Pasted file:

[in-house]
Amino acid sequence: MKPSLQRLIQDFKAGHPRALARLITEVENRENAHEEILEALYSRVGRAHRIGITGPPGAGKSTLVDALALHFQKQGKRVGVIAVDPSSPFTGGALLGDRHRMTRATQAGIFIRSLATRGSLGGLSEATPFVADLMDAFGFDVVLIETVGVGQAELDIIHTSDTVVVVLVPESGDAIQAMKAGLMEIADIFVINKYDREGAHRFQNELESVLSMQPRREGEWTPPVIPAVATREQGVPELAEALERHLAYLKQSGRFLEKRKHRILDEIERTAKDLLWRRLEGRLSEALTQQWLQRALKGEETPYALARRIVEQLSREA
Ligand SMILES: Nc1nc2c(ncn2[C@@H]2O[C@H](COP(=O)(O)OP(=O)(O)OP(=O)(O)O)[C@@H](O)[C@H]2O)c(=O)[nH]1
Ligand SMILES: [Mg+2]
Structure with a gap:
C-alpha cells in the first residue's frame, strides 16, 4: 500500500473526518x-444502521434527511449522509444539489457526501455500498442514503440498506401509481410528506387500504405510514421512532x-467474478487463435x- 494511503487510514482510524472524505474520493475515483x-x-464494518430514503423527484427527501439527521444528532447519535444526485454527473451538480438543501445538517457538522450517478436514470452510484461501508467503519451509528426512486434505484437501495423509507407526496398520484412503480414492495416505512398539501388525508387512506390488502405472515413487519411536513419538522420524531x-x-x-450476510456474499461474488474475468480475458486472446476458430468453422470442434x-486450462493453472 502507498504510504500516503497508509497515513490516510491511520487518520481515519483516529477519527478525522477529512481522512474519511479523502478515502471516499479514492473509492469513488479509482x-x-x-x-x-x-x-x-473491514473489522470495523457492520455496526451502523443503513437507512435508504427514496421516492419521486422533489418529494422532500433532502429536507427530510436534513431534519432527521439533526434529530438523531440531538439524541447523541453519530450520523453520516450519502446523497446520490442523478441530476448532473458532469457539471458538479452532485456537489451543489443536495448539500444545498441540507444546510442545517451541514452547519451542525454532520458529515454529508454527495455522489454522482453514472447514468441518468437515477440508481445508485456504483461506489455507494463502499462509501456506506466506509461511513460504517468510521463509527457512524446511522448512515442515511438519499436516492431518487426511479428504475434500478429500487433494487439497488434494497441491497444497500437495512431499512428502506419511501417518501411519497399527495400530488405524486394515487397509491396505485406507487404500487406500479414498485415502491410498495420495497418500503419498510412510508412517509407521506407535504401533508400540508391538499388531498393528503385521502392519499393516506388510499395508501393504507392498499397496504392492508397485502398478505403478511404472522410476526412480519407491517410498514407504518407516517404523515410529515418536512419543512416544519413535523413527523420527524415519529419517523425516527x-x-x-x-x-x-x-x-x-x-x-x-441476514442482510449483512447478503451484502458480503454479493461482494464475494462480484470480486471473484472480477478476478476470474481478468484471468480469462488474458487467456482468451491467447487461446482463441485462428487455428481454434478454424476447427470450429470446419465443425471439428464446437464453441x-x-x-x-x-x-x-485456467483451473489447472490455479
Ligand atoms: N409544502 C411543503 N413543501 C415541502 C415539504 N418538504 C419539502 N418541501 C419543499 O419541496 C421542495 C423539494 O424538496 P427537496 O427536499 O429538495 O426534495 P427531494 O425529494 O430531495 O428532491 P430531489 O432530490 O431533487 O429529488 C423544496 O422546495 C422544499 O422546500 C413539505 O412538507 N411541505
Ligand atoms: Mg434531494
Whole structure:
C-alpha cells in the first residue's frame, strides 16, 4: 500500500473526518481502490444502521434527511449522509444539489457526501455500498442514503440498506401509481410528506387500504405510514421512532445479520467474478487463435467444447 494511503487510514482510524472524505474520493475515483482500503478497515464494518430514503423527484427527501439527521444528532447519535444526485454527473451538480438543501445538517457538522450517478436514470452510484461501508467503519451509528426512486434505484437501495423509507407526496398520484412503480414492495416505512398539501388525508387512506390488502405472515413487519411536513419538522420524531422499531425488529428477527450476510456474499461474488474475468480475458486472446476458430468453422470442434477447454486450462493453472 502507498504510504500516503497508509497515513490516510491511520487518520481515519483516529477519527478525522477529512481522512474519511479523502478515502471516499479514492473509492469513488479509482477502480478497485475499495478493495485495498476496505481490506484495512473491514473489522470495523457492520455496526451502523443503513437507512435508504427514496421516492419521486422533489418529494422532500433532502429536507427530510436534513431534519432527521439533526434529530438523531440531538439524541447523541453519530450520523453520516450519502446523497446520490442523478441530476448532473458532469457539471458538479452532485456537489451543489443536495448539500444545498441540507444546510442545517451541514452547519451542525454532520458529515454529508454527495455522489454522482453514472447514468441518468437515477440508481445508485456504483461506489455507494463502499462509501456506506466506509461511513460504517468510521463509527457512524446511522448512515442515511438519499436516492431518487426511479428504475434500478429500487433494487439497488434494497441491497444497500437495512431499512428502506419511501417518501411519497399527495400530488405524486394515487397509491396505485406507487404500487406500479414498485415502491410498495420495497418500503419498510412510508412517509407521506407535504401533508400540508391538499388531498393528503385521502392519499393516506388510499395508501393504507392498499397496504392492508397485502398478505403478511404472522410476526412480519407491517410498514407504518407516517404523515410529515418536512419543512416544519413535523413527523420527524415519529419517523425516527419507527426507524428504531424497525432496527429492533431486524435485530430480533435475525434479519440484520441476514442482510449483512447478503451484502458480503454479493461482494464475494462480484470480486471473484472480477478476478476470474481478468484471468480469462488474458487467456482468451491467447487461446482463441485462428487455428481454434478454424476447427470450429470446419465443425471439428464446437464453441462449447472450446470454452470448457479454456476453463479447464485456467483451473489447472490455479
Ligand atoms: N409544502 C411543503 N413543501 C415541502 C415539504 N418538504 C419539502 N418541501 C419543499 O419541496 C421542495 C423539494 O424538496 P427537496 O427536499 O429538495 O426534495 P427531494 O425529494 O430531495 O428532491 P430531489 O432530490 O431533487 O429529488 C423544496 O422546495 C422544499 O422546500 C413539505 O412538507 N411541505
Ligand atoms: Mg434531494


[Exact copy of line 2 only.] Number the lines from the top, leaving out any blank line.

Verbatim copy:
Amino acid sequence: MKPSLQRLIQDFKAGHPRALARLITEVENRENAHEEILEALYSRVGRAHRIGITGPPGAGKSTLVDALALHFQKQGKRVGVIAVDPSSPFTGGALLGDRHRMTRATQAGIFIRSLATRGSLGGLSEATPFVADLMDAFGFDVVLIETVGVGQAELDIIHTSDTVVVVLVPESGDAIQAMKAGLMEIADIFVINKYDREGAHRFQNELESVLSMQPRREGEWTPPVIPAVATREQGVPELAEALERHLAYLKQSGRFLEKRKHRILDEIERTAKDLLWRRLEGRLSEALTQQWLQRALKGEETPYALARRIVEQLSREA